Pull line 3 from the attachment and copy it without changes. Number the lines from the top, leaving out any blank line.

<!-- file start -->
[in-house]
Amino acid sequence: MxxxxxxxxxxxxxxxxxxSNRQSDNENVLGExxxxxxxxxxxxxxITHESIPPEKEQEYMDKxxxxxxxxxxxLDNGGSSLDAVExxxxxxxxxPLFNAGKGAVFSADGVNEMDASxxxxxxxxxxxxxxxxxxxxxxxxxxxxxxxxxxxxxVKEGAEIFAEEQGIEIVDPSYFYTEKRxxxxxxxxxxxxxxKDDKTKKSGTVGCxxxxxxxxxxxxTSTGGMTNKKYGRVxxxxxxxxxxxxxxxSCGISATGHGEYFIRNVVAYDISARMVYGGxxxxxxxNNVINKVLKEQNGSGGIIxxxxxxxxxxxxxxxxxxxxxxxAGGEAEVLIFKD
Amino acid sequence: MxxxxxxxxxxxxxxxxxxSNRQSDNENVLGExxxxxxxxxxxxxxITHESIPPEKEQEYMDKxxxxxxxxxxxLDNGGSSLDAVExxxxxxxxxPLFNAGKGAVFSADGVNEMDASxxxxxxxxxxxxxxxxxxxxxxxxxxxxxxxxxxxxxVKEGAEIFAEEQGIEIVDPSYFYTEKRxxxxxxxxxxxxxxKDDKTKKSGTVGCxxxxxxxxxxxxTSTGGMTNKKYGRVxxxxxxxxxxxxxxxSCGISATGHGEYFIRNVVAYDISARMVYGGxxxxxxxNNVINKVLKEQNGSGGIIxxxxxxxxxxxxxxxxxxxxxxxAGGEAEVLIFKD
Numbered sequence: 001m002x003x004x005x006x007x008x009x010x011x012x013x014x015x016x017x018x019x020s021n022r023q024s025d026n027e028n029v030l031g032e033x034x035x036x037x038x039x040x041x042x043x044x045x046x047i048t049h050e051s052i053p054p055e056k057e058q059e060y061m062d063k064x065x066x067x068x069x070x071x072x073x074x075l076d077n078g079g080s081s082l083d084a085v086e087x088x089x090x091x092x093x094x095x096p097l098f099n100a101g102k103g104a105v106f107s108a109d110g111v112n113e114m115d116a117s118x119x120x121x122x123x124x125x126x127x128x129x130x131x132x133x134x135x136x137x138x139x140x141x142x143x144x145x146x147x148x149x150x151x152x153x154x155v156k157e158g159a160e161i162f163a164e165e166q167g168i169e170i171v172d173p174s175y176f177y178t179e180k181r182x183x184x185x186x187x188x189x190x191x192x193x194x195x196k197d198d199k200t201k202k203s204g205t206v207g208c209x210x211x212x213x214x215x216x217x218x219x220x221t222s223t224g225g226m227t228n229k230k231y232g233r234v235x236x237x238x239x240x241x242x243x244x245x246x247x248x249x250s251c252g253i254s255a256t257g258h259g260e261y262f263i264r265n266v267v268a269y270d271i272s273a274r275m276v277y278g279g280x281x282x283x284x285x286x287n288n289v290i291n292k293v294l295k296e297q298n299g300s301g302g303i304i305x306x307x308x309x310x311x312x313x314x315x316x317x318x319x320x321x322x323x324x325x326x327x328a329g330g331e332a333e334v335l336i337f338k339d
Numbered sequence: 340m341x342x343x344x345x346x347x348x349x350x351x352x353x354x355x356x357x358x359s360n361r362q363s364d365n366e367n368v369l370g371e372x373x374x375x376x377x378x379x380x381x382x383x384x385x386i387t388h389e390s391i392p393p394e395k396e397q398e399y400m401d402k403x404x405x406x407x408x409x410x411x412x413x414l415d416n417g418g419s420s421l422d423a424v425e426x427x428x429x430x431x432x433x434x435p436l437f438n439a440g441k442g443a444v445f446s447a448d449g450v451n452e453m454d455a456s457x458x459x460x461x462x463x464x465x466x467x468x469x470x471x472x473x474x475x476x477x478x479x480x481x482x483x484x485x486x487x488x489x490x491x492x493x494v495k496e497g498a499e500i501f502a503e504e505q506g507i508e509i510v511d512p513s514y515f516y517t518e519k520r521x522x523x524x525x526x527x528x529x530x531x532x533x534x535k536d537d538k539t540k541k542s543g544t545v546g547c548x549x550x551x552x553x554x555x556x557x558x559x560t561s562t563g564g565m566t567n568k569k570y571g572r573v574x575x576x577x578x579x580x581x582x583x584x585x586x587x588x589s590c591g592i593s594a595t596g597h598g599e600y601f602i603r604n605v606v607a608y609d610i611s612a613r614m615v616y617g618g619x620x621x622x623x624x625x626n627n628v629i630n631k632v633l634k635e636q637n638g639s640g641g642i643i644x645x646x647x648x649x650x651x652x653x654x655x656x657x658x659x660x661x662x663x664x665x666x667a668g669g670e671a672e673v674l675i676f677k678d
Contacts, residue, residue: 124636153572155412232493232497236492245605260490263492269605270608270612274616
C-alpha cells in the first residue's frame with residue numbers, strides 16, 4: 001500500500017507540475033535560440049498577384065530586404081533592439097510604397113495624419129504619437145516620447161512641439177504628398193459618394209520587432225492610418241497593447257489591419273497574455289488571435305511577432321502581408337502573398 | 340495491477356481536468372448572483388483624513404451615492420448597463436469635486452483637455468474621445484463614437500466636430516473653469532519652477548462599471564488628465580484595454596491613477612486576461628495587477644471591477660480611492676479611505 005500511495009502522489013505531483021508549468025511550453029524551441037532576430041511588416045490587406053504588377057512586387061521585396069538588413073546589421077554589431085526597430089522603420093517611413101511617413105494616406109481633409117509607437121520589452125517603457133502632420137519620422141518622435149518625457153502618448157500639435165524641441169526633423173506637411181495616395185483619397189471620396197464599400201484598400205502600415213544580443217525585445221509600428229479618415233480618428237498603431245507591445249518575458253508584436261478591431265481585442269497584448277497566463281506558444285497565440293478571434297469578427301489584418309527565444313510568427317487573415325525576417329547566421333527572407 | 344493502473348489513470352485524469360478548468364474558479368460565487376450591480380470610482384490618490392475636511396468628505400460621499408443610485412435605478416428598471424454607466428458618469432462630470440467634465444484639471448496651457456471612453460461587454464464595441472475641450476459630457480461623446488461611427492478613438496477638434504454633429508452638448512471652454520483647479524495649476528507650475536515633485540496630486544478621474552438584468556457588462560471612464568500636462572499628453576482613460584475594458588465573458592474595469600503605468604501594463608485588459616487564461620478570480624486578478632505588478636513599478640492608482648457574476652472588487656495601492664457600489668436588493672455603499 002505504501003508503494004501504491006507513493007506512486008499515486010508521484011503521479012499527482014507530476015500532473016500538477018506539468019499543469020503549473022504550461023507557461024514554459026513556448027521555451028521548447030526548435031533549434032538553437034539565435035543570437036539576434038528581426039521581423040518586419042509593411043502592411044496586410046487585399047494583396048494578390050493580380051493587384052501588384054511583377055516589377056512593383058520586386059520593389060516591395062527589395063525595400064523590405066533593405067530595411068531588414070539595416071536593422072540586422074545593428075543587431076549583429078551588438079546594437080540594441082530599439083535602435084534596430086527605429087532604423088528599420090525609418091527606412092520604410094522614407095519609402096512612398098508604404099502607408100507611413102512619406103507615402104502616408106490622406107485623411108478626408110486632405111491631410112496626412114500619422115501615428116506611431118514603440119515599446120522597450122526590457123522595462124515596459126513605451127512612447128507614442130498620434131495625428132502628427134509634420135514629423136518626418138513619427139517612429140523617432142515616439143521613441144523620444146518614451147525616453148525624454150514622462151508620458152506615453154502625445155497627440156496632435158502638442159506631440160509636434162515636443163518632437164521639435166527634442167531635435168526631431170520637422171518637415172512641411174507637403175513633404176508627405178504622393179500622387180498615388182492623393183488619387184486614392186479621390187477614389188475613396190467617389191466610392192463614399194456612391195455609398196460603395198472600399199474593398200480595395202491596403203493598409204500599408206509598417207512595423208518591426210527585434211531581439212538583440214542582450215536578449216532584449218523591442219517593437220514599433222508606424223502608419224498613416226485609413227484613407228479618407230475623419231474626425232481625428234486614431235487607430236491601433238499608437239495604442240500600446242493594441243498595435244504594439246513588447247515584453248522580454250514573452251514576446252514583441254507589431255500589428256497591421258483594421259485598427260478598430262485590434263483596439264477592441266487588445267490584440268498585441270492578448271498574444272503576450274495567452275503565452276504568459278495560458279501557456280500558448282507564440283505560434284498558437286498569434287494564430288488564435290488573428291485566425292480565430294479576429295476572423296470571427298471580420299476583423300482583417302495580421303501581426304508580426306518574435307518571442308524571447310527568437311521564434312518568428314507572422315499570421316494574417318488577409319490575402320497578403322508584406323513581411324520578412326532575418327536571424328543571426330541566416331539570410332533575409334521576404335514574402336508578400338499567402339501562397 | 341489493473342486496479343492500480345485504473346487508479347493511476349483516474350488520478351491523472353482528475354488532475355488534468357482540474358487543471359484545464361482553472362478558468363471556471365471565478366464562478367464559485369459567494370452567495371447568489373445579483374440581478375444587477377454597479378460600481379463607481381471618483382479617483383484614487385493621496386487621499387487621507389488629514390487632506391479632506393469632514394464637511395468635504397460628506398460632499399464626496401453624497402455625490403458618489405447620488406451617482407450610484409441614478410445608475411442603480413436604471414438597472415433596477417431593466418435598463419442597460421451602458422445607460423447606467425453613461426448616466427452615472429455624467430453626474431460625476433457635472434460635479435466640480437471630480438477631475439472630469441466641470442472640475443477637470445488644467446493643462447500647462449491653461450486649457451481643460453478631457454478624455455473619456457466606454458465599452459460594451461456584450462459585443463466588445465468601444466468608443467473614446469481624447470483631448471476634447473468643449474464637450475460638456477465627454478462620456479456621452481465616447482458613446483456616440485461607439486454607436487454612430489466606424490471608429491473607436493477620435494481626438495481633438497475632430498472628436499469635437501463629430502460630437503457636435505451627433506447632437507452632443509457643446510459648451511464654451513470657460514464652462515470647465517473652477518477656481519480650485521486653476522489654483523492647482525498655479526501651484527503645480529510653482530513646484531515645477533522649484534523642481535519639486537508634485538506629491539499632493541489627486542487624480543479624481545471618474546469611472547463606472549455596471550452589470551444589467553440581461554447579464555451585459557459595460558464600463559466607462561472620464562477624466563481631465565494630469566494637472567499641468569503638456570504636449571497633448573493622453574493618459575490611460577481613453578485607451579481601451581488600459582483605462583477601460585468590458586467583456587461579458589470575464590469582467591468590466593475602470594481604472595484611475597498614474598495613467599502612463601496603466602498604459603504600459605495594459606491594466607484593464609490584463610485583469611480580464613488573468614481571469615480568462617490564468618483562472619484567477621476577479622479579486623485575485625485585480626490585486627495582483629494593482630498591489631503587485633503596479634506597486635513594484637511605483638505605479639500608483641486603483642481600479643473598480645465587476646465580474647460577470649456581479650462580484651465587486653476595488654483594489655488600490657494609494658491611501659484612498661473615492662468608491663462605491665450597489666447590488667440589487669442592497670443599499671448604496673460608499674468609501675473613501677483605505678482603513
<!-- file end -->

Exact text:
Amino acid sequence: MxxxxxxxxxxxxxxxxxxSNRQSDNENVLGExxxxxxxxxxxxxxITHESIPPEKEQEYMDKxxxxxxxxxxxLDNGGSSLDAVExxxxxxxxxPLFNAGKGAVFSADGVNEMDASxxxxxxxxxxxxxxxxxxxxxxxxxxxxxxxxxxxxxVKEGAEIFAEEQGIEIVDPSYFYTEKRxxxxxxxxxxxxxxKDDKTKKSGTVGCxxxxxxxxxxxxTSTGGMTNKKYGRVxxxxxxxxxxxxxxxSCGISATGHGEYFIRNVVAYDISARMVYGGxxxxxxxNNVINKVLKEQNGSGGIIxxxxxxxxxxxxxxxxxxxxxxxAGGEAEVLIFKD